In grade five, at the precocious age of eleven, I was, to put it mildly, a problem child for my teachers. I talked too much, I wandered around too much and I wasn’t afraid to express myself. Often, in jaw dropping embarrassing ways, I would draw the eyes of my classmates and teachers to myself; not because I was an attention junkie, far from it – because behind the veil of pomposity and gregarious displays, I’m actually quite shy, rather I simply felt obliged to share my thoughts. The fact that I didn’t think the rules applied to me didn’t help one bit. At this particular juncture of my life, all my teachers at St. Dorothy’s elementary school were victims of my being me. But in particular, one teacher stood out as a sort of nemesis, his Captain Ahab to my Mobey Dick. Mr. Howell was my homeroom teacher in grade five and six, and from the first day I moseyed into his class, in that portable cluster, we were like oil and water. I had arrived at the tail end of grade four so I was still considered the new kid. The one with the long hair and the funny bounce in his step. I’m certain I heard the words “not living up to my potential” a couple of times and we always seemed to be dragging along the class in our head butting contests. I wouldn’t back down and he, being the Genghis Khan of the class, wouldn’t either. Neither of us yielded an inch. Of course it was my mouth that was the cause of most of the trouble; I never learned to keep my trap shut for the three and half years we lived in the John Garland and Martin Grove area. Like my spirit animal in The Outsiders, Two Bit, I just couldn’t keep my two cents to my self. Variations of this kind of experience played out many times as my parents shuttled us around the north west corner of Toronto.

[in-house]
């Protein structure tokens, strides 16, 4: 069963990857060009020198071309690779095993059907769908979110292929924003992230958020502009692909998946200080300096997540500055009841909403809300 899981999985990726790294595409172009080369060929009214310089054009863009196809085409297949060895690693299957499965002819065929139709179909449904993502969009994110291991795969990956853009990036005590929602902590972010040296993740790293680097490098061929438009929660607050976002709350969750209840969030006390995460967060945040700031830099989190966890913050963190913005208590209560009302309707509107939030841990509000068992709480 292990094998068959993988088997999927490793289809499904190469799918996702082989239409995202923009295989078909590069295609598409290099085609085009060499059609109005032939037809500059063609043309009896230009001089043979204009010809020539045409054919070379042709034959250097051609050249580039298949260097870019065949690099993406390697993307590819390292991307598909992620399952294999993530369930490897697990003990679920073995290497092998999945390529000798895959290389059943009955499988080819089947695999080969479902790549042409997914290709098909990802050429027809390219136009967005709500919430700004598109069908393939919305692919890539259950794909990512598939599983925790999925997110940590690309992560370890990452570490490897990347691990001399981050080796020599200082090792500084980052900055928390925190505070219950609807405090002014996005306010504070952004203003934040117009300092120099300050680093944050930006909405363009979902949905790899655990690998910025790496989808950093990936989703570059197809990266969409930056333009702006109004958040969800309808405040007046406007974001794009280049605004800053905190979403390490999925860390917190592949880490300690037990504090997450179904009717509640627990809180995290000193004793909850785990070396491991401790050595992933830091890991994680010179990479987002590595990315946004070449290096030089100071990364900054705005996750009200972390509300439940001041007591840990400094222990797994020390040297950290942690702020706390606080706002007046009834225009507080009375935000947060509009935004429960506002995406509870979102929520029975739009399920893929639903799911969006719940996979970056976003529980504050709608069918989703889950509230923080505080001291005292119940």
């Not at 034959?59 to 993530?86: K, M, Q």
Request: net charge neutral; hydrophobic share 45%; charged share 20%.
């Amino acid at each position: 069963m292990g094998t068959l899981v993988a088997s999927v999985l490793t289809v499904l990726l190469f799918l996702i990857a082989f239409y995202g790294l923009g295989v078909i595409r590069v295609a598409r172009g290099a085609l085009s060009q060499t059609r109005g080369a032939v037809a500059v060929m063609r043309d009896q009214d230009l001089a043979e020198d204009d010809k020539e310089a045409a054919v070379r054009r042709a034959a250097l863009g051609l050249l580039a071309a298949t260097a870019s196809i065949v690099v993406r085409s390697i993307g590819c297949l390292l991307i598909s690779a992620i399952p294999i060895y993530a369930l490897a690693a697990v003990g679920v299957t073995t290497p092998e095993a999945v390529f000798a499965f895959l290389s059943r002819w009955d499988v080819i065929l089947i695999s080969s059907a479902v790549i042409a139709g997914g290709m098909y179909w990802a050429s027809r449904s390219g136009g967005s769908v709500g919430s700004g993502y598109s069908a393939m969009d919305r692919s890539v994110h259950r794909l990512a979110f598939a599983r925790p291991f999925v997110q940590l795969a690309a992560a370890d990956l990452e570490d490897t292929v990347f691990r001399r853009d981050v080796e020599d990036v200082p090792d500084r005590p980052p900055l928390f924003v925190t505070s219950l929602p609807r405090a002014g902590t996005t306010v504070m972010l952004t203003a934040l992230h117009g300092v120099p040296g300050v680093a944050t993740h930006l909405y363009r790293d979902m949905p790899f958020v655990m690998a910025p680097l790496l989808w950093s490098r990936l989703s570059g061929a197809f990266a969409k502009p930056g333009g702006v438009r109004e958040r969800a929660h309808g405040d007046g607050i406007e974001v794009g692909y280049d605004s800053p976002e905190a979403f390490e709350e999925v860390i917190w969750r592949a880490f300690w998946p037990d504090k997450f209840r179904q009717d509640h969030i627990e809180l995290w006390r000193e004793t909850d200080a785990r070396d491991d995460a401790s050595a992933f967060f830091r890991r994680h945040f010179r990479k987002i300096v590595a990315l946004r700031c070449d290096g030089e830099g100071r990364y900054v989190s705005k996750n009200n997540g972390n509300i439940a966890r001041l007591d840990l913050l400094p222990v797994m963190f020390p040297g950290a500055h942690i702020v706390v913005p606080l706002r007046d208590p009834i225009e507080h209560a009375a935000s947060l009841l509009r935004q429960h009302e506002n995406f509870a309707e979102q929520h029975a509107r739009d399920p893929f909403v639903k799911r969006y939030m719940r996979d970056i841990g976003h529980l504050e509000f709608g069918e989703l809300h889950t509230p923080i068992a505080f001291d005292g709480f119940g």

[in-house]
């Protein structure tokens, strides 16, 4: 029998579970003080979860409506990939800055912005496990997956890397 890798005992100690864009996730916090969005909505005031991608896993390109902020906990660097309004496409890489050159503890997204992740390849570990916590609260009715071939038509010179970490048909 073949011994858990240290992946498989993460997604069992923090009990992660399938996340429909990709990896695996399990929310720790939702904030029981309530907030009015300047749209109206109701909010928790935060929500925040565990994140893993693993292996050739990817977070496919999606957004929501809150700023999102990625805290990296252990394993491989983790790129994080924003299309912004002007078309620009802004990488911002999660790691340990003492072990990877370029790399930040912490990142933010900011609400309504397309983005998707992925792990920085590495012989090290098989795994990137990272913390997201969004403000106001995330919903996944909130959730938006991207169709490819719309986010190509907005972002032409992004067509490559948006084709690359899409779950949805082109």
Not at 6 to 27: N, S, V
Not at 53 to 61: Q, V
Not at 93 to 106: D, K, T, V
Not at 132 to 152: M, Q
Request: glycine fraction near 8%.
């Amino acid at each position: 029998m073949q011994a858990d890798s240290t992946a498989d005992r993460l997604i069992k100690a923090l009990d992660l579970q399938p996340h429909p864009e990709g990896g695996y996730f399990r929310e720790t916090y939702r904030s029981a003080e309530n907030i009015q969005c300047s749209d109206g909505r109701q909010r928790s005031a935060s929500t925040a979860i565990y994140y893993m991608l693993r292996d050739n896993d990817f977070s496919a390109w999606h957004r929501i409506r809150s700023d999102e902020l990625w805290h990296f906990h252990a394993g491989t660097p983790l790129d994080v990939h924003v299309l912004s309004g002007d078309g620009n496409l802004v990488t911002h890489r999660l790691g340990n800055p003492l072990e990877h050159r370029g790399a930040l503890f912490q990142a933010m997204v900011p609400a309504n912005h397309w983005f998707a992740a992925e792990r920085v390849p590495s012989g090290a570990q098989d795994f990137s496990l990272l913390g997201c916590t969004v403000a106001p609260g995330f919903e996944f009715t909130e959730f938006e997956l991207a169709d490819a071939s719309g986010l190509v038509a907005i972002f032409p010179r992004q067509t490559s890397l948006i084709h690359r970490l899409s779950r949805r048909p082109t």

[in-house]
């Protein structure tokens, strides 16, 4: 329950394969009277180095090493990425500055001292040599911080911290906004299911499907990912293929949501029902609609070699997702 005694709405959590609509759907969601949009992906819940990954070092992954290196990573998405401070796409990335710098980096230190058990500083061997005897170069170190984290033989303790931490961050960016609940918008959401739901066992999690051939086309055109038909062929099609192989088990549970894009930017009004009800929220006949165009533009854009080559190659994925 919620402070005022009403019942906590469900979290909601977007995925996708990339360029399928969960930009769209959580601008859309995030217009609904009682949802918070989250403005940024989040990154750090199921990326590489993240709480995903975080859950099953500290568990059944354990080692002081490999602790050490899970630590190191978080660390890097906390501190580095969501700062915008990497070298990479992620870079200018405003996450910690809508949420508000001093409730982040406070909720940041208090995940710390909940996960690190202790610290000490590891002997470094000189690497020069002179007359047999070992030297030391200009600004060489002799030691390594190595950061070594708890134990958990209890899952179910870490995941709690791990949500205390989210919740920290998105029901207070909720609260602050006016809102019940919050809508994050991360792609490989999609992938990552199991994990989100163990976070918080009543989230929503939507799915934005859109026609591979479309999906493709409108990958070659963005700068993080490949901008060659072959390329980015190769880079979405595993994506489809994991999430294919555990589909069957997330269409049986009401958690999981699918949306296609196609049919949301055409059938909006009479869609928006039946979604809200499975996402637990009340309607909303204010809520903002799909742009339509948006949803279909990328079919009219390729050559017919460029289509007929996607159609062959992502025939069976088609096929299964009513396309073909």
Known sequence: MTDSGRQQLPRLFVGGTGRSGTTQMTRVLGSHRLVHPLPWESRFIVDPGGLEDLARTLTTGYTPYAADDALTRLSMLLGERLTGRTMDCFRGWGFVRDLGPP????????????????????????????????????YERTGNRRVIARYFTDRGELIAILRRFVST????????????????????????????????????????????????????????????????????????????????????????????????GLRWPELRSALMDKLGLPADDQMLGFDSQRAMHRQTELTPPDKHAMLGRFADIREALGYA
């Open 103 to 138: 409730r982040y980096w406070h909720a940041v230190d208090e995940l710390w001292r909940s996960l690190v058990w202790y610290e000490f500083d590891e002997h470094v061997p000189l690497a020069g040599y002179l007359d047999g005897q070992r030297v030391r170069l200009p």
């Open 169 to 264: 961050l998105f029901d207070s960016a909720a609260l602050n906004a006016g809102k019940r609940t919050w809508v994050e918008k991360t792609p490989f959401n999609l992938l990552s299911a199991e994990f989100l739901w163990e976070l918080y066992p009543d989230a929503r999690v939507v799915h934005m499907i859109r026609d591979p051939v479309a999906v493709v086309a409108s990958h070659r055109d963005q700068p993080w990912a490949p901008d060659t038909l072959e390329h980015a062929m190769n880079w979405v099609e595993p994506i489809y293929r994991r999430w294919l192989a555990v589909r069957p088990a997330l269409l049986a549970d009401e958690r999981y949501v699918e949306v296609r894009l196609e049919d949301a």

I bring this up as a tiny illustration of how my parents immigrant experience manifested itself with me. We were always moving when I was growing up. When we first came to Canada we moved a lot, I’m not even sure how many times. And by the time I started grade one we were embarking on a seemingly endless two and half year moving cycle. Just as life was being normalized and solidified we would do the pack up and find better digs to unload into. Understandably, I hated the moving process and I really, really didn’t like leaving the friends I had made. But my parents didn’t ask me my opinion, they just moved us. Of course they did, what parent would ask a child for their opinion on such a monumental change? Pack your shit up, we’re moving.
As an unintended consequence, the constant change basically from the day I was born has inured me to the anxiety around full scale changes that can cause a great deal of stress. So colour me blessed I guess. I was born in France to parents that had met there but came from the former Yugoslavia. We came to Canada when I was 18 months old or so. We lived on a farm. Downtown Toronto. Somewhere else. Back downtown. Somewhere else again. And you get the picture. There may have been another place or two before moving to Jane and Finch for a few years. Than Rexdale. Than Willowridge. Than North Rexdale. And than I moved off to Nova Scotia and did some more moving. Considering I lived in Lunenburg the longest, 12 years by the time I was 40, you get the sense that there was a shit ton of moving boxes in my life.